Bernard Freyberg was born in England but was brought up in New Zealand. During his youth, he was a champion swimmer. Freyberg was in North America when the war broke out in August 1914, and he immediately travelled to Britain. He secured a commission in the newly formed Royal Naval Division as a temporary lieutenant in the Royal Naval Volunteer Reserve. At Gallipoli, he was promoted to command the Hood Battalion. Freyberg relished the opportunity to be involved in the war.
I am in this with all my heart!
On the eve of the Allied attack at Cape Helles on 25 April 1915, volunteers were asked for to swim ashore and to light flares at the beach at Bulair to distract the enemy. Freyberg volunteered. Just after midnight, he entered the water and swam, naked and covered in oil grease, for 3 kilometres to shore.
I started swimming to cover the remaining distance, towing a waterproof canvas bag containing three oil flares and five calcium lights, a knife, signalling light and a revolver.
The water was cold, the distance considerable and the journey dangerous, but Freyberg was an expert swimmer. He successfully reached his destination.
After an hour and a quarter’s hard swimming in the bitterly cold water, I reached the shore and lighted my first flare, and again took to the water and swam towards the east, and landed about 300 yards away from my first flare, where I lighted my second and hid among some bushes to await developments.
Freyberg’s swim was a huge feat of stamina and bravery. With the flares lit, he hoped that his actions would divert the Turks away from Cape Helles where the Allies would land. But the Turks had created some diversions of their own.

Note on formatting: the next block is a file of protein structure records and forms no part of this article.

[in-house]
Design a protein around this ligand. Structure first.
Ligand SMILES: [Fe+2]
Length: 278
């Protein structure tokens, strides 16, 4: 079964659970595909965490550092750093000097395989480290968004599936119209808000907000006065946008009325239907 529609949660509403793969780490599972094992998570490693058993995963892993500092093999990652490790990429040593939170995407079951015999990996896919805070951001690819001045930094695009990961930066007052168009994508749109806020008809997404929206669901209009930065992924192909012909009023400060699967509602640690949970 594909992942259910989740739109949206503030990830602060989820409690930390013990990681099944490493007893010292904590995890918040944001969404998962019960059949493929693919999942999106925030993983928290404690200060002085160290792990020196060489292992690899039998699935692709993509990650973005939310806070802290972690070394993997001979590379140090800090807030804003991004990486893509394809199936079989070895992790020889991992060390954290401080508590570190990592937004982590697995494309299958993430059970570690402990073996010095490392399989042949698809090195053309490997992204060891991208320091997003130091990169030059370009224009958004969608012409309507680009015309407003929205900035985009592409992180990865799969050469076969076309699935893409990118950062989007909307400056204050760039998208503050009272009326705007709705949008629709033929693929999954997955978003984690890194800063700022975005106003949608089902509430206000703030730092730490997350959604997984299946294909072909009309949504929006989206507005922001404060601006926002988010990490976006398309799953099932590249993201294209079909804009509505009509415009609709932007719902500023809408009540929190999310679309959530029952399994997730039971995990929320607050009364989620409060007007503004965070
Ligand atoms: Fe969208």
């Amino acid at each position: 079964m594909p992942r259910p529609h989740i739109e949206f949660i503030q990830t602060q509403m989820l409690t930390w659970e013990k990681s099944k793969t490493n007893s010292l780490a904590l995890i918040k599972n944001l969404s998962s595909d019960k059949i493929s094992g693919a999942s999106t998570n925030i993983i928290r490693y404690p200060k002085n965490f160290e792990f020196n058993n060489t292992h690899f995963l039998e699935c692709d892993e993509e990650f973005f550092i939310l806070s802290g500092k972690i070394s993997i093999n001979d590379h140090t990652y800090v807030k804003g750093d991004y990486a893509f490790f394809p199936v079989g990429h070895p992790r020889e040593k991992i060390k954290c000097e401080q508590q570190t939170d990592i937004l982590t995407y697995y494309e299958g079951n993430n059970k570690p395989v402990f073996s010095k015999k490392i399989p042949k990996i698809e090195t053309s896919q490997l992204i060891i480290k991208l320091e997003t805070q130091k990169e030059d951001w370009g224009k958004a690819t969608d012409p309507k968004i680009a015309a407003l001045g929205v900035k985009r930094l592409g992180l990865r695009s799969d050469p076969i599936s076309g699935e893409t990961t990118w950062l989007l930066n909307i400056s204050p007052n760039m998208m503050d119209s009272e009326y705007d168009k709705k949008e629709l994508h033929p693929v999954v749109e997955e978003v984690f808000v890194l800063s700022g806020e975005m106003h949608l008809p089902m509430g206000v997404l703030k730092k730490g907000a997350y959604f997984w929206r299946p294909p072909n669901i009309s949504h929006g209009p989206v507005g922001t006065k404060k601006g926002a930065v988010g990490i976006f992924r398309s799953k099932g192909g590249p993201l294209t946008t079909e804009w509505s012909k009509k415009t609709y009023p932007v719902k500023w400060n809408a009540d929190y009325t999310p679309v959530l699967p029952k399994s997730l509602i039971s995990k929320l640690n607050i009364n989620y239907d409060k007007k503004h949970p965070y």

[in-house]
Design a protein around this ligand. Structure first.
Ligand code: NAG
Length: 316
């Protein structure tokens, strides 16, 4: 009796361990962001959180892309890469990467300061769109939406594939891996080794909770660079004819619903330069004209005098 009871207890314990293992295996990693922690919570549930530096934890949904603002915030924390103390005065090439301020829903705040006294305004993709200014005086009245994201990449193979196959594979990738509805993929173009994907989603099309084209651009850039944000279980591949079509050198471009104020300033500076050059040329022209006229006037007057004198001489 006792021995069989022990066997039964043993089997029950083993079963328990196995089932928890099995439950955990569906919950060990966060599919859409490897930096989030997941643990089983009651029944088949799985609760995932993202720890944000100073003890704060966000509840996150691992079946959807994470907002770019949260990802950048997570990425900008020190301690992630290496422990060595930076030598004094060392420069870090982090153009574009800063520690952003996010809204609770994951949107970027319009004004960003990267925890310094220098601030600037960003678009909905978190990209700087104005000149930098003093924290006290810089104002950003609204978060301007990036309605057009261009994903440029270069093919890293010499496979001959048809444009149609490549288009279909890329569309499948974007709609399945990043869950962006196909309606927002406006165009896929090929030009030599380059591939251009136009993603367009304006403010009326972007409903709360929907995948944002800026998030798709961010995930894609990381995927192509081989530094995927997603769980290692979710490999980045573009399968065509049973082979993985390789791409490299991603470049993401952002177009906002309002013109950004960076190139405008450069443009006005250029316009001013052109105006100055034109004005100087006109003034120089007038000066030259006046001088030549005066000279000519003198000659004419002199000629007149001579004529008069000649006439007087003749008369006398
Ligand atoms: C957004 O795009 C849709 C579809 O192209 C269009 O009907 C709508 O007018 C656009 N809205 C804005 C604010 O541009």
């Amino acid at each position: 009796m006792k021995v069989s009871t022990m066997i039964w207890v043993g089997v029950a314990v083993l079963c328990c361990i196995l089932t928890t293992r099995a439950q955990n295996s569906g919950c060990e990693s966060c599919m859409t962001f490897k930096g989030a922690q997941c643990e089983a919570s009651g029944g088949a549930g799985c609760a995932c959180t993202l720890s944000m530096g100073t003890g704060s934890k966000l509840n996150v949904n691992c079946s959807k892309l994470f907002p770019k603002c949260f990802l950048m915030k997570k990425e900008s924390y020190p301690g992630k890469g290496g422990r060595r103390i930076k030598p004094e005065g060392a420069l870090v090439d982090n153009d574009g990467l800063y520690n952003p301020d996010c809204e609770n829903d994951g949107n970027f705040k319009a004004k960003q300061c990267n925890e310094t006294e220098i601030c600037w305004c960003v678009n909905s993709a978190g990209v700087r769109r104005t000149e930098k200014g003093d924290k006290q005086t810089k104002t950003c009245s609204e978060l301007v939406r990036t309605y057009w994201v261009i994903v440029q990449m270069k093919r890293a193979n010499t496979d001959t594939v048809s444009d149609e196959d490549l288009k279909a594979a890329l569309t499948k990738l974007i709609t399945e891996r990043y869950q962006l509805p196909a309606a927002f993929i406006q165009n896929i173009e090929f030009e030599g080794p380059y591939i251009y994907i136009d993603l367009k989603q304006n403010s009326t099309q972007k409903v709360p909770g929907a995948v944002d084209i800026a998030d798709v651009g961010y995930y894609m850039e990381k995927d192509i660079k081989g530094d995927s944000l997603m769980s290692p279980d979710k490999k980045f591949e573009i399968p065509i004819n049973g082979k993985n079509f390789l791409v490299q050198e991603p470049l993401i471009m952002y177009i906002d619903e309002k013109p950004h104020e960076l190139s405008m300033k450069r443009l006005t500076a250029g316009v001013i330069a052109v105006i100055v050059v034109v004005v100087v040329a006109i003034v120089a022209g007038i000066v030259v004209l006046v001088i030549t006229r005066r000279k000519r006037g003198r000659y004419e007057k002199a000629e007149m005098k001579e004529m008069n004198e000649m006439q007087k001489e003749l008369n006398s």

Nothing happened, so I crawled up a slope to where some trenches were located the morning before. I discovered they were only dummies, consisting of only a pile of earth about two feet high and 100 yards long, and looked to be quite newly made. I crawled in about 350 yards and listened for some time, but could discover nothing.
Freyberg could see the lights on the surrounding hills but could not continue any further due to muscle cramps. He returned to the beach, set off his last flare and swam off into the night.
After swimming for a considerable distance I was picked up by Lieutenant Nelson in our cutter sometime after 3 a.m. Our cutter searched the shore with 12-pounders and Maxim fire, but could get no answer from the shore.
Despite Freyberg’s enormous effort, it seems that the Turks were not distracted by the flares, though they may have played a part in the hesitance of General von Sanders, the German commander of the Ottoman 5th Army, to commit his reserves further south at Anzac and Cape Helles.
For his heroism and endurance, Freyberg was awarded a Distinguished Service Order. Later, he was wounded at Helles and evacuated. However, he returned to Gallipoli in June, and was wounded again. In 1916, Freyberg was awarded a Victoria Cross for his bravery on the Western Front. Freyberg’s brother Oscar died at Gallipoli and another brother died on the Western Front.
During the Second World War, Bernard Freyberg commanded the Second New Zealand Expeditionary Force. From 1946 to 1952, Freyberg served as Governor-General of New Zealand. He died in 1963 following the rupture of one his Gallipoli wounds.